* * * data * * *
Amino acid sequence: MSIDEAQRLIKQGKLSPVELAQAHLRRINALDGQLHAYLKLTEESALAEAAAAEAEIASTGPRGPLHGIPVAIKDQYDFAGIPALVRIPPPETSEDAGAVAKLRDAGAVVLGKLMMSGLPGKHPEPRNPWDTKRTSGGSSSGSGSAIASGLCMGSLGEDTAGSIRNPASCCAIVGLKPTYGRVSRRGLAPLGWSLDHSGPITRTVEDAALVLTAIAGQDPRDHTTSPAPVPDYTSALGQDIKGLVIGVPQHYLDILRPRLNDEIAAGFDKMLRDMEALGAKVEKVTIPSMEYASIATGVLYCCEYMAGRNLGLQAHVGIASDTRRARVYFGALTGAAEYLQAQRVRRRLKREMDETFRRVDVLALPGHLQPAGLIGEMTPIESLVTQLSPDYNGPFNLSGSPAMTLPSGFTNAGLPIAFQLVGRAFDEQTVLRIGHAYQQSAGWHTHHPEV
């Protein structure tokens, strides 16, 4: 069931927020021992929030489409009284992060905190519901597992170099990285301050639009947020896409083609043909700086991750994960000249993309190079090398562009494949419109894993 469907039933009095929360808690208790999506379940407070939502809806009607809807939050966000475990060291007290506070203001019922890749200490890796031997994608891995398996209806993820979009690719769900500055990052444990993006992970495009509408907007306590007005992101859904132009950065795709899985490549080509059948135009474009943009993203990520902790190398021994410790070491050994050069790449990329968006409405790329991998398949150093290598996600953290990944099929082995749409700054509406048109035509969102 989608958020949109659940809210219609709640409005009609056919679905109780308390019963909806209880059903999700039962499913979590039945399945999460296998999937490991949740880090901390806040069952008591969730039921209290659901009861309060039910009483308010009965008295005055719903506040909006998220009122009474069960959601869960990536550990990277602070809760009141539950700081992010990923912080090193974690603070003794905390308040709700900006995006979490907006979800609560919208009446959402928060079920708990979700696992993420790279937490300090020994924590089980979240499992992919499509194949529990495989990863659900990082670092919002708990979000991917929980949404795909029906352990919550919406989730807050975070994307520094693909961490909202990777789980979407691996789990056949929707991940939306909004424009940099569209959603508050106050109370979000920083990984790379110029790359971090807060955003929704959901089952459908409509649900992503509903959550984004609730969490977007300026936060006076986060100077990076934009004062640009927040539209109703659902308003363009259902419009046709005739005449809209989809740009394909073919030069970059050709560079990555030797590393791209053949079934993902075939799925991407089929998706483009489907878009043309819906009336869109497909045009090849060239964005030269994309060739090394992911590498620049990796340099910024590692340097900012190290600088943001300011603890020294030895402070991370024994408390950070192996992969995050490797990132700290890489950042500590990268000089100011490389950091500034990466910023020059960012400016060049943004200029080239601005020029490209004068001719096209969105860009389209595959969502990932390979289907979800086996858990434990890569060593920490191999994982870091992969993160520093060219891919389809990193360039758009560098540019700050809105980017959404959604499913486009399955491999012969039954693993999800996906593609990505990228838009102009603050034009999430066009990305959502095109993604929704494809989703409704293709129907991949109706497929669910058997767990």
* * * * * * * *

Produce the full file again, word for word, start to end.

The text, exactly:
Amino acid sequence: MSIDEAQRLIKQGKLSPVELAQAHLRRINALDGQLHAYLKLTEESALAEAAAAEAEIASTGPRGPLHGIPVAIKDQYDFAGIPALVRIPPPETSEDAGAVAKLRDAGAVVLGKLMMSGLPGKHPEPRNPWDTKRTSGGSSSGSGSAIASGLCMGSLGEDTAGSIRNPASCCAIVGLKPTYGRVSRRGLAPLGWSLDHSGPITRTVEDAALVLTAIAGQDPRDHTTSPAPVPDYTSALGQDIKGLVIGVPQHYLDILRPRLNDEIAAGFDKMLRDMEALGAKVEKVTIPSMEYASIATGVLYCCEYMAGRNLGLQAHVGIASDTRRARVYFGALTGAAEYLQAQRVRRRLKREMDETFRRVDVLALPGHLQPAGLIGEMTPIESLVTQLSPDYNGPFNLSGSPAMTLPSGFTNAGLPIAFQLVGRAFDEQTVLRIGHAYQQSAGWHTHHPEV
């Protein structure tokens, strides 16, 4: 069931927020021992929030489409009284992060905190519901597992170099990285301050639009947020896409083609043909700086991750994960000249993309190079090398562009494949419109894993 469907039933009095929360808690208790999506379940407070939502809806009607809807939050966000475990060291007290506070203001019922890749200490890796031997994608891995398996209806993820979009690719769900500055990052444990993006992970495009509408907007306590007005992101859904132009950065795709899985490549080509059948135009474009943009993203990520902790190398021994410790070491050994050069790449990329968006409405790329991998398949150093290598996600953290990944099929082995749409700054509406048109035509969102 989608958020949109659940809210219609709640409005009609056919679905109780308390019963909806209880059903999700039962499913979590039945399945999460296998999937490991949740880090901390806040069952008591969730039921209290659901009861309060039910009483308010009965008295005055719903506040909006998220009122009474069960959601869960990536550990990277602070809760009141539950700081992010990923912080090193974690603070003794905390308040709700900006995006979490907006979800609560919208009446959402928060079920708990979700696992993420790279937490300090020994924590089980979240499992992919499509194949529990495989990863659900990082670092919002708990979000991917929980949404795909029906352990919550919406989730807050975070994307520094693909961490909202990777789980979407691996789990056949929707991940939306909004424009940099569209959603508050106050109370979000920083990984790379110029790359971090807060955003929704959901089952459908409509649900992503509903959550984004609730969490977007300026936060006076986060100077990076934009004062640009927040539209109703659902308003363009259902419009046709005739005449809209989809740009394909073919030069970059050709560079990555030797590393791209053949079934993902075939799925991407089929998706483009489907878009043309819906009336869109497909045009090849060239964005030269994309060739090394992911590498620049990796340099910024590692340097900012190290600088943001300011603890020294030895402070991370024994408390950070192996992969995050490797990132700290890489950042500590990268000089100011490389950091500034990466910023020059960012400016060049943004200029080239601005020029490209004068001719096209969105860009389209595959969502990932390979289907979800086996858990434990890569060593920490191999994982870091992969993160520093060219891919389809990193360039758009560098540019700050809105980017959404959604499913486009399955491999012969039954693993999800996906593609990505990228838009102009603050034009999430066009990305959502095109993604929704494809989703409704293709129907991949109706497929669910058997767990």